The top Democrat on the Senate Agriculture Committee hope to release a draft of their farm bill this week, and Majority Leader Mitch McConnell promises to move it quickly to the floor.
Senate Agriculture Chairman Pat Roberts, R-Kan., is tentatively planning for his committee to act on the bill June 13. McConnell said Tuesday that the Senate will debate the bill on the floor before the week-long July 4 recess.
For McConnell, the bill has become a personal priority because it will include provisions to legalize production of industrial hemp.
Prompt Senate action this month on legislation that will likely have broad bipartisan support coming out of Roberts’ committee increases the chances that a new farm bill could get enacted yet this year.
But House Republicans have so far been unable to pass their version of the farm bill because of united Democratic opposition and an unrelated dispute over immigration that cost the measure conservative support. And there will be major differences between the House and Senate farm bills on reforms to the Supplemental Nutrition Assistance Program that the House GOP insisted on putting in their version.
Roberts said Monday that he and ranking member Debbie Stabenow, D-Mich., were “very close” to agreement on the bill’s final details.
“It’s got to be done,” Roberts said, expressing a sense of urgency for moving the bill. “I don’t want this to slip anymore.”
One source said that most of the major issues facing Roberts and Stabenow had been settled heading into this week, likely including changes to the Agriculture Risk Coverage program. Roberts had ruled out major changes to ARC and the Price Loss Coverage program, including a base update, sought by some Midwest senators. Roberts said those changes would have hurt several states, including his own, although there would be some improvements made to ARC.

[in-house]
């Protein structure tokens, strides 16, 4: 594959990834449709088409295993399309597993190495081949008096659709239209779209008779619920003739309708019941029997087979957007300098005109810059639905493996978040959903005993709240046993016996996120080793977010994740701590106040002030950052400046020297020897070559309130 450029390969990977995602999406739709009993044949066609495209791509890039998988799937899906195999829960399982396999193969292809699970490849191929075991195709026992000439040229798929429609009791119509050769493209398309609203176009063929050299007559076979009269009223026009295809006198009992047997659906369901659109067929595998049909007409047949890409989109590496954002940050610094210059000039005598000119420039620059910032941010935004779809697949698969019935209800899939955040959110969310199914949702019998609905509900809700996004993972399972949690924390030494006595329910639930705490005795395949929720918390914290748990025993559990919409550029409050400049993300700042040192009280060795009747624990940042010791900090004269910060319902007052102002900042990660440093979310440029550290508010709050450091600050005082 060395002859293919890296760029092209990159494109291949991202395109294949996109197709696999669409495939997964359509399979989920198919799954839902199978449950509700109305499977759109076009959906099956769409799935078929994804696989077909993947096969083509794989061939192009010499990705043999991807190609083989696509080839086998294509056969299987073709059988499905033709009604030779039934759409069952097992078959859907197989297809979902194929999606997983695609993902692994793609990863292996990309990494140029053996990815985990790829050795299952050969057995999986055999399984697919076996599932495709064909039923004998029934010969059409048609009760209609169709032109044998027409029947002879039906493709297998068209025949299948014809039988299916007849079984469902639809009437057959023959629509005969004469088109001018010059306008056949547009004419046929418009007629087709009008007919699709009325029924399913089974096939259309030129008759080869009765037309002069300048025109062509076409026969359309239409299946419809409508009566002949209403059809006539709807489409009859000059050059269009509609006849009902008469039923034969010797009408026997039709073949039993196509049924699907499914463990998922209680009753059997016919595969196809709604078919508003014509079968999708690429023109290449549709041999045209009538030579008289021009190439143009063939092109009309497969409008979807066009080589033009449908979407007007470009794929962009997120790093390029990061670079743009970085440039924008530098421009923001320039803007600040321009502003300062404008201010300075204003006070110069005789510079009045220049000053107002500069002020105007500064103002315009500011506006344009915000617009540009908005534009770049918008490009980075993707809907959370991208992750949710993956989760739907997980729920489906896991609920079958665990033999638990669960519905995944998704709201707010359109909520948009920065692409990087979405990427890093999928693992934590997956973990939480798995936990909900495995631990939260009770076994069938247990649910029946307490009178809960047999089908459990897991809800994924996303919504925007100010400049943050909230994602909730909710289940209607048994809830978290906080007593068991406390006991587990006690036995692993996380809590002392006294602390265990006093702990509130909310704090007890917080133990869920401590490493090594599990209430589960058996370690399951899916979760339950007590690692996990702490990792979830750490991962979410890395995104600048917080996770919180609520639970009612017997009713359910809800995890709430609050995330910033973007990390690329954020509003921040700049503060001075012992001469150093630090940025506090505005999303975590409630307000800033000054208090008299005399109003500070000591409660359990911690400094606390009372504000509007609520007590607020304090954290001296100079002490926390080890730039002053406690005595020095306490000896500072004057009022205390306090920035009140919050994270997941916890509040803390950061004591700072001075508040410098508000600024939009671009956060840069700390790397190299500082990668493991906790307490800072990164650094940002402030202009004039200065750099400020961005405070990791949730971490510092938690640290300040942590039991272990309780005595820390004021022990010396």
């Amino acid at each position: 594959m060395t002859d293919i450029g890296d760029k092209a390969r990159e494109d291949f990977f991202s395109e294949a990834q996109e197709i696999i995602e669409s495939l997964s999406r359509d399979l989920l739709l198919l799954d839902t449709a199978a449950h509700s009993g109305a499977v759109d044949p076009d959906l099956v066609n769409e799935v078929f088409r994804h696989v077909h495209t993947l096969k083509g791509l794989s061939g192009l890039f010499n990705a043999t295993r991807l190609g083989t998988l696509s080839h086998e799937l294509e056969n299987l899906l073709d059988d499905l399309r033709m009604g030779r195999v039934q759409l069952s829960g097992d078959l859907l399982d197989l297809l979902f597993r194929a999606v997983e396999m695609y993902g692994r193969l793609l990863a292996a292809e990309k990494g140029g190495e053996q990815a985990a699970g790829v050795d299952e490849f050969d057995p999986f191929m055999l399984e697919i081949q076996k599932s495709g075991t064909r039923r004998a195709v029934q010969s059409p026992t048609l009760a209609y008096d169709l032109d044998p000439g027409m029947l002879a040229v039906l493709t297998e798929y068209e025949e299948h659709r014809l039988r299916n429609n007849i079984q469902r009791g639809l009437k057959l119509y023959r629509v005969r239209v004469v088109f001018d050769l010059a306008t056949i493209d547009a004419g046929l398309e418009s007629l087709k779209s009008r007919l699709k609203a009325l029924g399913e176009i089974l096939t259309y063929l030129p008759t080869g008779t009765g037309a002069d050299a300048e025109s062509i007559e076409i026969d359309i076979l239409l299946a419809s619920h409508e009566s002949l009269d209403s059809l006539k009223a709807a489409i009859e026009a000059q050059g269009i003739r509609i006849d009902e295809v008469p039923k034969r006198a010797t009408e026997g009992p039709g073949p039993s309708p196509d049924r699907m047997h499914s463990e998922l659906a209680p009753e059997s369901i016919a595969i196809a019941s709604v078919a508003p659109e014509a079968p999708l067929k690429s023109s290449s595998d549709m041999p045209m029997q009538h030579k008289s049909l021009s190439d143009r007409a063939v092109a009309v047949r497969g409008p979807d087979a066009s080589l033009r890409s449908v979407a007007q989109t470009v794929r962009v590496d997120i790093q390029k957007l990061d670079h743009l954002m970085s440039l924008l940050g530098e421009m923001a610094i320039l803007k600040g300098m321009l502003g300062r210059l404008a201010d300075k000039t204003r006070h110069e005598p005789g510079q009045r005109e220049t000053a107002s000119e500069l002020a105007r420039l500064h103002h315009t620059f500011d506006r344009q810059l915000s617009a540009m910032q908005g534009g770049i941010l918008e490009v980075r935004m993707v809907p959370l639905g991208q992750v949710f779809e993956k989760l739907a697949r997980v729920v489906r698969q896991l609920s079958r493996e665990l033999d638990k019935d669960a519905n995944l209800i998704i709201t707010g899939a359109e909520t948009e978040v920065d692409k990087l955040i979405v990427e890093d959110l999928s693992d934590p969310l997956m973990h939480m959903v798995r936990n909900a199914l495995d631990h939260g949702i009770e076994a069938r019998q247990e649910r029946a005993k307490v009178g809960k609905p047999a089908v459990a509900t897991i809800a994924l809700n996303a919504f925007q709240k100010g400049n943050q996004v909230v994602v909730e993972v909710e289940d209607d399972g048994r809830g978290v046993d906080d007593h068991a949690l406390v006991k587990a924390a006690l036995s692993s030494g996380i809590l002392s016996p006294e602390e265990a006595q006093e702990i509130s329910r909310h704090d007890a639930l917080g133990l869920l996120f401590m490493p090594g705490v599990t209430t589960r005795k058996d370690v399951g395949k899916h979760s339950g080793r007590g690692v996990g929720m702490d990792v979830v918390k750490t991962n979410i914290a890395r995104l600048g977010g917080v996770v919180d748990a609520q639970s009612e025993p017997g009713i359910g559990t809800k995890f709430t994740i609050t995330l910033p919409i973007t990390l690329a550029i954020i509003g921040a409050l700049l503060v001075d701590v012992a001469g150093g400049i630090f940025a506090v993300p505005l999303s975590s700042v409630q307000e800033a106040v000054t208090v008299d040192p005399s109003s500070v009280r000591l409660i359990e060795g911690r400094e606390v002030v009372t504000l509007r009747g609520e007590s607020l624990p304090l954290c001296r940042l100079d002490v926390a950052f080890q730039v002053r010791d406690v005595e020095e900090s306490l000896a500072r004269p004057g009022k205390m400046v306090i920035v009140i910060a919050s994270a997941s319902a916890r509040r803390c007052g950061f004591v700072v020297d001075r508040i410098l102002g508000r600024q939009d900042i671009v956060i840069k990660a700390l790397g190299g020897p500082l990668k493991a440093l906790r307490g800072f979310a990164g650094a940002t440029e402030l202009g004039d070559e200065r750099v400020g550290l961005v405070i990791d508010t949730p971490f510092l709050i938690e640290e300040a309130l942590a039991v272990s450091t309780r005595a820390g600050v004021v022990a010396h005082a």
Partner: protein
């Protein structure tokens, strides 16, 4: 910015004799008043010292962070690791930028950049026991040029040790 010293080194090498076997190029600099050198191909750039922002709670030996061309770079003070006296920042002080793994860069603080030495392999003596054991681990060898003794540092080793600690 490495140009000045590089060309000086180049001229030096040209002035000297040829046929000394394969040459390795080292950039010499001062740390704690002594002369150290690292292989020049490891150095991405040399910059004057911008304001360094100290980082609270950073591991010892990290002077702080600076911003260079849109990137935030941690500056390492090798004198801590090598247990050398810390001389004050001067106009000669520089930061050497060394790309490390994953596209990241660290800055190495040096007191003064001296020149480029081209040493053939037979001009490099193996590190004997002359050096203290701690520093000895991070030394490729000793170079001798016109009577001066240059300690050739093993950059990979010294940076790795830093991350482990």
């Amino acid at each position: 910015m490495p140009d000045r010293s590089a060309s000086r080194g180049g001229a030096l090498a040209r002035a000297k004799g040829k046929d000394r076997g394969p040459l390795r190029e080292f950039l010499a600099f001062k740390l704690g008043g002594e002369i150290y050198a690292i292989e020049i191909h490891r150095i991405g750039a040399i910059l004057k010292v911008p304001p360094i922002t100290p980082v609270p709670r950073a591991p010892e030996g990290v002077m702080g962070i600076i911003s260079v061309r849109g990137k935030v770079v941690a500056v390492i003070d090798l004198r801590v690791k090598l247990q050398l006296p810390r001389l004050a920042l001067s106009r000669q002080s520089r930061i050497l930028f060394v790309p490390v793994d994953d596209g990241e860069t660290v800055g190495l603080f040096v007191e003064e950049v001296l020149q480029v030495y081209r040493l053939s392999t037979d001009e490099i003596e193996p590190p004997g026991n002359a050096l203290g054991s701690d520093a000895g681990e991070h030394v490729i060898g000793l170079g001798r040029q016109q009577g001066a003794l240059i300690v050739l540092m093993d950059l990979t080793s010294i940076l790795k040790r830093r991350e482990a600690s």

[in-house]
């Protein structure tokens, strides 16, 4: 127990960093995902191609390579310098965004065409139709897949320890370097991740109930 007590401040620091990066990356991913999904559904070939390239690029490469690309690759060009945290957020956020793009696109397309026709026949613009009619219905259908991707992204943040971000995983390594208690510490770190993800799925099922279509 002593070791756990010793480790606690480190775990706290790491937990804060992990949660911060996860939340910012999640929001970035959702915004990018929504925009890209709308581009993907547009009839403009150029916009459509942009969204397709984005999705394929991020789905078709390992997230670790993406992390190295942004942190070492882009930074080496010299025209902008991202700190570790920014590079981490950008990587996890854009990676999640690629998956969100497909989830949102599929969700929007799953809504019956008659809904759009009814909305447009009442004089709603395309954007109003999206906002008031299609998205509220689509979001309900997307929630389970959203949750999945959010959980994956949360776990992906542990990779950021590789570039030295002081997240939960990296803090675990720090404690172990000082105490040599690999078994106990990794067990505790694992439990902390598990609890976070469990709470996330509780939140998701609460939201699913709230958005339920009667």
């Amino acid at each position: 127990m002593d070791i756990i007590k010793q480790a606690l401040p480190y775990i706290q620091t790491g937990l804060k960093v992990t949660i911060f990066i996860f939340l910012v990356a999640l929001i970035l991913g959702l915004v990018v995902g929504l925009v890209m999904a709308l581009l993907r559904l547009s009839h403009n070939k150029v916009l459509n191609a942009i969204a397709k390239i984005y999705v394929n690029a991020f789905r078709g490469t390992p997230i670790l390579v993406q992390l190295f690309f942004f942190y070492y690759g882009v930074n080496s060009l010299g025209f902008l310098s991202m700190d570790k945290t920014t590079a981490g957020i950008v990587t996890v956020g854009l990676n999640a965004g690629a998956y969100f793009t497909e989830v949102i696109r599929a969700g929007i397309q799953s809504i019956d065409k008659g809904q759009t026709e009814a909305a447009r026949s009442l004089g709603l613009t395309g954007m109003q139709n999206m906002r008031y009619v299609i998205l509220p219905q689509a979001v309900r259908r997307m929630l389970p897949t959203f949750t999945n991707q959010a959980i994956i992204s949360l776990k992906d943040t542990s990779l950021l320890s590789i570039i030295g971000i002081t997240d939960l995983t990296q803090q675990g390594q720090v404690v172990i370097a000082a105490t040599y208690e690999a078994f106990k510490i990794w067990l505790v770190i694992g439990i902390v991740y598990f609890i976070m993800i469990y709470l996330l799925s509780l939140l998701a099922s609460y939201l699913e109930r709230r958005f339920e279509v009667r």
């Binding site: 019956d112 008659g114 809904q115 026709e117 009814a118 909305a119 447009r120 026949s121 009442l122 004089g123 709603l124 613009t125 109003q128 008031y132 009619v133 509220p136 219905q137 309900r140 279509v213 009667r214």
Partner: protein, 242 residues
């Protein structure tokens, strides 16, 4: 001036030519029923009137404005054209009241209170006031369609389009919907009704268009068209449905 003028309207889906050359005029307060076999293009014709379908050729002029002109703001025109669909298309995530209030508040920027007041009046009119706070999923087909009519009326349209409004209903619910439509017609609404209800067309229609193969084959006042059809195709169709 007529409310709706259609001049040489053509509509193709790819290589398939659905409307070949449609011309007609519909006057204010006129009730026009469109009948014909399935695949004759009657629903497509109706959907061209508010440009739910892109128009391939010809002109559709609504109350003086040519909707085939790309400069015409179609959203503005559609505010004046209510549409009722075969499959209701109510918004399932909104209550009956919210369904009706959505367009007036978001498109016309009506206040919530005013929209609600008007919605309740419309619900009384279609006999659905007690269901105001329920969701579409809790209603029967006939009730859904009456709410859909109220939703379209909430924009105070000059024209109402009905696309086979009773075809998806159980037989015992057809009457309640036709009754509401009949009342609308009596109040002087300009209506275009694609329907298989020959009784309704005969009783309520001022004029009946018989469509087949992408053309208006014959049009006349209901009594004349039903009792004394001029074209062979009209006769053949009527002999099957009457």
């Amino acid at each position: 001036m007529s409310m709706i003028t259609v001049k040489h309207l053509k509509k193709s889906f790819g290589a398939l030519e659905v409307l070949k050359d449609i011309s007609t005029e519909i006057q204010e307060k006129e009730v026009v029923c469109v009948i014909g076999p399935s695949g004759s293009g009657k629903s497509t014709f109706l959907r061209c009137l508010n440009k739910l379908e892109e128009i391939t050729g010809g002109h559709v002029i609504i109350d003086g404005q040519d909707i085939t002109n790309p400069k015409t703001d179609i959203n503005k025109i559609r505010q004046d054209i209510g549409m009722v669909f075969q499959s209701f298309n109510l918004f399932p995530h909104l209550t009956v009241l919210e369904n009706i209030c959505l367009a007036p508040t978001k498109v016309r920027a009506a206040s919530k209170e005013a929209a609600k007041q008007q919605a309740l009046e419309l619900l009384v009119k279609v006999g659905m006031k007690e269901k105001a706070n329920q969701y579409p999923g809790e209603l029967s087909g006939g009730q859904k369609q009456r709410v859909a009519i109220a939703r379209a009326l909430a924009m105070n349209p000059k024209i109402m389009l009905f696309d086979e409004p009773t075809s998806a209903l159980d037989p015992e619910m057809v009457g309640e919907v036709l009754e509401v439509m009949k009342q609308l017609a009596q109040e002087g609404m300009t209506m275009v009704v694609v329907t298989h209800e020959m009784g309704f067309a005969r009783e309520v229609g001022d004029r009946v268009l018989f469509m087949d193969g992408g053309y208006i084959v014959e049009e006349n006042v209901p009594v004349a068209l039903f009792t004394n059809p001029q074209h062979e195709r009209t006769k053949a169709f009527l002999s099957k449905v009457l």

Dairy producers’ Margin Protection Program is expected to get some tweaks in the Senate bill. But a source familiar with what the committee was discussing said they were likely to be relatively minor and would not include increasing MPP coverage to $9 per hundredweight as the House bill would do.
For farm groups, the prospects for smooth passage of a farm bill without partisan rancor would be a welcome outcome after the defeat of the House farm bill May 18.
“It appears the process is moving forward. It’s moving forward in bipartisan fashion,” said Andrew Walmsley, a congressional relations director for the American Farm Bureau Federation. “Right now we’re feeling pretty positive in how the Senate is moving.”
He hopes the “positive news out of the Senate will grease the wheels in the House.”
The House currently has a deadline of June 22 to reconsider the farm bill.
The Farm Bureau has been contacting House members who voted against the bill to ask them to consider supporting it when there is a new vote.
Roger Johnson, president of the National Farmers Union, said it’s not clear that House Republicans can pass their bill, and then the differences over SNAP could cloud the chances for agreement on a final bill should the House GOP insist on reforms that Democrats won’t accept.
The House bill would expand SNAP’s work requirements to include adults in their 50s as well as parents with children over the age of 6.
“The House is absolutely a wild card right now,” Johnson said. One of the big open questions is whether House Agriculture Chairman Mike Conaway will agree to a final farm bill acceptable to Senate Democrats that omits new work requirements for SNAP. “I don’t know how if you’re Mike Conaway you take that bill back to the (House) floor,” said Johnson.
Enacting a farm bill in Congress also will require finishing work on the legislation on a relatively compressed timeline. Congress hasn’t passed a new farm bill in the same year it was introduced since 1990. The House and Senate floor didn’t debate their versions of the 1990 bill until July and the bill was still signed into law before the end of November.
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